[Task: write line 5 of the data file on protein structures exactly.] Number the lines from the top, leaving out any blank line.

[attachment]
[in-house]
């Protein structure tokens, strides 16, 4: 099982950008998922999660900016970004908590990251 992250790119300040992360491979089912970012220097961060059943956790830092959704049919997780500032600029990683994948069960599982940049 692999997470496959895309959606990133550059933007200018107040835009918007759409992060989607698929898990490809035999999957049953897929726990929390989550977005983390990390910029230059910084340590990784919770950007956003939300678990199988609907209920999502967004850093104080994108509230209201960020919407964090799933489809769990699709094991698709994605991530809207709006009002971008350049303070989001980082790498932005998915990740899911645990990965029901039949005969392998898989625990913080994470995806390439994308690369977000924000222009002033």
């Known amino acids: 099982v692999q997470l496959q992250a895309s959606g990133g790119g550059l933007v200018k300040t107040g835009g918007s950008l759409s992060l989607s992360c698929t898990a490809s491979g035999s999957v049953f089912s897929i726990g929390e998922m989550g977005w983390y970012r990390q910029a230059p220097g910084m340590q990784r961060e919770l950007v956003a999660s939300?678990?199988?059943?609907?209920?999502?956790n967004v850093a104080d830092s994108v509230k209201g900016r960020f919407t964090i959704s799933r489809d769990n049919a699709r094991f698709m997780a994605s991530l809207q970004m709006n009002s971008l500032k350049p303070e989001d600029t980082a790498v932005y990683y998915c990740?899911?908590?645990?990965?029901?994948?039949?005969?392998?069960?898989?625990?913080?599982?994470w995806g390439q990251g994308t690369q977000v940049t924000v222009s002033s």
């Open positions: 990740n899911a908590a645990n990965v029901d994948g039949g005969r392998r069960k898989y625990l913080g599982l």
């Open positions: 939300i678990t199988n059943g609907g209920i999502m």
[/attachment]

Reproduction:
């Open positions: 939300i678990t199988n059943g609907g209920i999502m």